Methods At the end of ARISTOTLE, blinded study drug was stopped, and open-label VKA was recommended. For patients completing the trial on blinded study drug, a 2-day bridging period with apixaban or apixaban placebo was recommended (while beginning open-label VKA). Outcomes were assessed during the 30 days after stopping blinded study drug.

    Results Of the 6,809 patients in the apixaban group and 6,588 in the warfarin group who completed the trial on study drug, there were 21 strokes or systemic emboli (4.02%/year) and 26 major bleeding (4.97%/year) events in the apixaban group (transitioning to VKA) and 5 strokes or systemic emboli (0.99%/year) and 10 major bleeding (1.97%/year) events in the warfarin group (continuing on VKA), with most of the imbalance between groups being after the first week. Similar results were seen in the first 30 days of the trial where warfarin-naive patients starting warfarin had a higher rate of stroke or systemic emboli (5.41%/year) than warfarin-experienced patients (1.42%/year), a pattern not seen when starting apixaban. No similar increase in events with apixaban versus warfarin was seen during temporary or permanent study drug discontinuation during the trial.

    Conclusions The excess in thrombotic and bleeding events in the apixaban group after study drug discontinuation appears to be related to an increased risk associated with the initiation of a VKA rather than a direct effect of apixaban. Whether >= 2 days of apixaban bridging improves outcomes during VKA transition is unknown and deserves further evaluation.

  • 39.
    Grimfjärd, Per
    et al.
    Uppsala University, Disciplinary Domain of Medicine and Pharmacy, Medicinska och farmaceutiska vetenskapsområdet, centrumbildningar mm, UCR-Uppsala Clinical Research Center. Vasteras Hosp, Uppsala, Sweden..
    Erlinge, David
    Lund Univ, Skane Univ Hosp, Lund, Sweden..
    Koul, Sasha
    Lund Univ, Skane Univ Hosp, Lund, Sweden..
    Lagerqvist, Bo
    Uppsala University, Disciplinary Domain of Medicine and Pharmacy, Faculty of Medicine, Department of Medical Sciences, Cardiology.
    Svennblad, Bodil
    Uppsala University, Disciplinary Domain of Medicine and Pharmacy, Medicinska och farmaceutiska vetenskapsområdet, centrumbildningar mm, UCR-Uppsala Clinical Research Center.
    Varenhorst, Christoph
    Uppsala University, Disciplinary Domain of Medicine and Pharmacy, Medicinska och farmaceutiska vetenskapsområdet, centrumbildningar mm, UCR-Uppsala Clinical Research Center.
    James, Stefan
    Uppsala University, Disciplinary Domain of Medicine and Pharmacy, Medicinska och farmaceutiska vetenskapsområdet, centrumbildningar mm, UCR-Uppsala Clinical Research Center. Uppsala University, Disciplinary Domain of Medicine and Pharmacy, Faculty of Medicine, Department of Medical Sciences, Cardiology.
    Low real-world early stent thrombosis rates in ST-elevation myocardial infarction patients and the use of bivalirudin, heparin alone or glycoprotein IIb/IIIa inhibitor treatment: A nationwide Swedish registry report2016In: American Heart Journal, ISSN 0002-8703, E-ISSN 1097-6744, Vol. 176, p. 78-82Article in journal (Refereed)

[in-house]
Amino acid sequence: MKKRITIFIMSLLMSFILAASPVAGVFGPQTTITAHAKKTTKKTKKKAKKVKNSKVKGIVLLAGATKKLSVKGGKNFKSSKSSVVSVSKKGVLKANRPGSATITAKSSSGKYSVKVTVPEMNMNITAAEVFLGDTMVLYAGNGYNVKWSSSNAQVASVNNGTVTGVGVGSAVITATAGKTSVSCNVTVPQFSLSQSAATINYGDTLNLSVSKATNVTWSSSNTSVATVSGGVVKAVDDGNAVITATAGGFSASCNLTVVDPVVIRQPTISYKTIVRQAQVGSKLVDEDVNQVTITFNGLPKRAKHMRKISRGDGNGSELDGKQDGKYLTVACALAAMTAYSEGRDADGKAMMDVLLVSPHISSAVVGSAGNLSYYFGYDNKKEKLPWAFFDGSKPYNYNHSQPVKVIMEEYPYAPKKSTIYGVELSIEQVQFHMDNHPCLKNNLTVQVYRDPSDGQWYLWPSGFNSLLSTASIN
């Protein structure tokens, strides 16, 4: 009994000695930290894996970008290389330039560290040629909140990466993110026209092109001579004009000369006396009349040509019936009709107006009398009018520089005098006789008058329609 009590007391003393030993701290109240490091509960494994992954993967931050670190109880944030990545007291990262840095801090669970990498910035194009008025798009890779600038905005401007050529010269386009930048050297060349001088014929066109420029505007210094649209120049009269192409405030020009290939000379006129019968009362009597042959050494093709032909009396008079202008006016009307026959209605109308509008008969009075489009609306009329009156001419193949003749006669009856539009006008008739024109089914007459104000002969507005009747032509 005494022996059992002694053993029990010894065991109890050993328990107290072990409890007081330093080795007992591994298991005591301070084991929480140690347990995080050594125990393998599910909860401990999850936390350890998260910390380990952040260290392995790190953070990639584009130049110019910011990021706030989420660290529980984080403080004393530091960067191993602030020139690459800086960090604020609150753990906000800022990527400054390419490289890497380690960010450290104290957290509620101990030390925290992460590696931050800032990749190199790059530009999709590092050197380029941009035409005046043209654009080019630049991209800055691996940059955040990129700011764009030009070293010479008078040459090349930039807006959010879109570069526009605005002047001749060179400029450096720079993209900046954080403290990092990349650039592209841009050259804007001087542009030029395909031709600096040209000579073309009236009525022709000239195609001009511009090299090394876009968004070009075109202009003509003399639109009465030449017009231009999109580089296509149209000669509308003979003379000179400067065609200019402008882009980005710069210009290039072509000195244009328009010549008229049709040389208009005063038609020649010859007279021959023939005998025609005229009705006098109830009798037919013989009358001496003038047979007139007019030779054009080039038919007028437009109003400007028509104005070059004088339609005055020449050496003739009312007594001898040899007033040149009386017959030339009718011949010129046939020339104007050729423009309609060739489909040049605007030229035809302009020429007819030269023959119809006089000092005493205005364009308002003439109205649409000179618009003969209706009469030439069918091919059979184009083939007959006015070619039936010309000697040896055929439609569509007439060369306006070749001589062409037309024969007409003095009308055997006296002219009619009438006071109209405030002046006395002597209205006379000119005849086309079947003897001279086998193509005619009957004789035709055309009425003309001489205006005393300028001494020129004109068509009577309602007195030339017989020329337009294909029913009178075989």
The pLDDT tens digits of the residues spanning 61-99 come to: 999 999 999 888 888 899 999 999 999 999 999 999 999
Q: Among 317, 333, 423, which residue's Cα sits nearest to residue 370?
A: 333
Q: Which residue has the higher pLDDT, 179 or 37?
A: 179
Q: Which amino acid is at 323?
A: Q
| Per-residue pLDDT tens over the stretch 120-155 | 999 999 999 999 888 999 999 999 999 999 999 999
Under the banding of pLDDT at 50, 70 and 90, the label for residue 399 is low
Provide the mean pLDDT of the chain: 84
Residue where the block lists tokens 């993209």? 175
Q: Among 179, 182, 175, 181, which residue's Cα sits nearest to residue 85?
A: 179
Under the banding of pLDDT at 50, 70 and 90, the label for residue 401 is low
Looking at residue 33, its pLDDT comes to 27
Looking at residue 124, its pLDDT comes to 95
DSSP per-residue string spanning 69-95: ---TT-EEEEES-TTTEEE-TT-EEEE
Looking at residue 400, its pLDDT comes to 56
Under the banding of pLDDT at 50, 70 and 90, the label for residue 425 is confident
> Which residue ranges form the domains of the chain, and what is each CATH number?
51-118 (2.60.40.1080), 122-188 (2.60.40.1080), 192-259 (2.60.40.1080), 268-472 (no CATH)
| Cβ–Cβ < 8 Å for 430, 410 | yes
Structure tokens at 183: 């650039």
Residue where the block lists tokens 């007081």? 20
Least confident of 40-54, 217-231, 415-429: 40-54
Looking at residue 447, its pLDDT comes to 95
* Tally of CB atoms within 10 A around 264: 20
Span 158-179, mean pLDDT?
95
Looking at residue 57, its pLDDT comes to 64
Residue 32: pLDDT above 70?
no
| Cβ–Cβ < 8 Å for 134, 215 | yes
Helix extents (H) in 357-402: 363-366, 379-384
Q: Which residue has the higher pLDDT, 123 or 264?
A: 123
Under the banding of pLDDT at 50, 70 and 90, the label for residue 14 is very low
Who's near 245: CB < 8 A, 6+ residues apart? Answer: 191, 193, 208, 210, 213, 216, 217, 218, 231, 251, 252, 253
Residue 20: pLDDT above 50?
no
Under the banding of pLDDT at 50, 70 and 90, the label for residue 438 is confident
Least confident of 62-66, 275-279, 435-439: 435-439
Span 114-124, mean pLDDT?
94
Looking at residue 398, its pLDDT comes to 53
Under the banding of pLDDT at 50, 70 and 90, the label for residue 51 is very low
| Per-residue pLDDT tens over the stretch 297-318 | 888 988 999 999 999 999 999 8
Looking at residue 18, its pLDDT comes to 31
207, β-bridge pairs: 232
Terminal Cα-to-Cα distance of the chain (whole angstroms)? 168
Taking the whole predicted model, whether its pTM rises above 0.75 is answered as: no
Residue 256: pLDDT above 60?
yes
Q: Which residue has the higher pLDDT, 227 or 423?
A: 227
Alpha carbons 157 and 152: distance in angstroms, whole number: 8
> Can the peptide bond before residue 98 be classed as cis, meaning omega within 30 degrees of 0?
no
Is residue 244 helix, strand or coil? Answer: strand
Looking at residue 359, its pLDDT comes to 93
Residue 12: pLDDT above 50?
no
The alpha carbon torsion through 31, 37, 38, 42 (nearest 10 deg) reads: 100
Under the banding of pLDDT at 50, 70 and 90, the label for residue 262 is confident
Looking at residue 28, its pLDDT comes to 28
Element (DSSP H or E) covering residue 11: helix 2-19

Abstract [en]

    Background In recent studies of primary percutaneous coronary intervention (PCI), bivalirudin compared with heparin has been associated with increased risk of stent thrombosis (ST). Our aim was to describe incidence and outcome of definite, early ST in a large contemporary primary PCI population divided in antithrombotic therapy subgroups. Methods and Results A prospective, observational cohort study of all 31,258 ST-elevation myocardial infarction patients who received a stent in Sweden from January 2007 to July 2014 in the SWEDEHEART registry was conducted. Patients were divided into 3 groups: bivalirudin, heparin alone, or glycoprotein IIb/IIIa inhibitor treated. Primary outcome measure was incidence of definite early ST (within 30 days of PCI). Secondary outcomes included all-cause mortality. Incidence of early ST was low, regardless of bivalirudin, heparin alone, or glycoprotein IIb/IIIa inhibitor treatment (0.84%, 0.94%, and 0.83%, respectively). All-cause mortality at 1 year was 20.7% for all ST patients (n = 265), compared with 9.1% in those without ST (n = 31,286; P < .001). Patients with ST days 2-30 had numerically higher all-cause mortality at 1 year compared with patients with ST days 0-1 (23% vs 16%, P =.20). Conclusion In this real-world observational study of 31,258 ST-elevation myocardial infarction patients, the incidence of early ST was low, regardless of antithrombotic treatment strategy. Early ST was associated with increased mortality. Numerically higher all-cause mortality at 1 year was noted with ST days 2-30 compared with ST days 0-1 post-PCI.

  • 40.
    Gudnadottir, Gudny Stella
    et al.
    Landspitali Univ Hosp, Reykjavik, Iceland.;Univ Iceland, Dept Cardiol, Reykjavik, Iceland.;Univ Iceland, Cardiovasc Res Ctr, Reykjavik, Iceland.;Sahlgrens Univ Hosp, Dept Geriatr, Gothenburg, Sweden..
    Andersen, Karl
    Landspitali Univ Hosp, Reykjavik, Iceland.;Univ Iceland, Dept Cardiol, Reykjavik, Iceland.;Univ Iceland, Cardiovasc Res Ctr, Reykjavik, Iceland..
    Thrainsdottir, Inga Sigurros
    Landspitali Univ Hosp, Reykjavik, Iceland.;Univ Iceland, Dept Cardiol, Reykjavik, Iceland.;Univ Iceland, Cardiovasc Res Ctr, Reykjavik, Iceland..
    James, Stefan Karl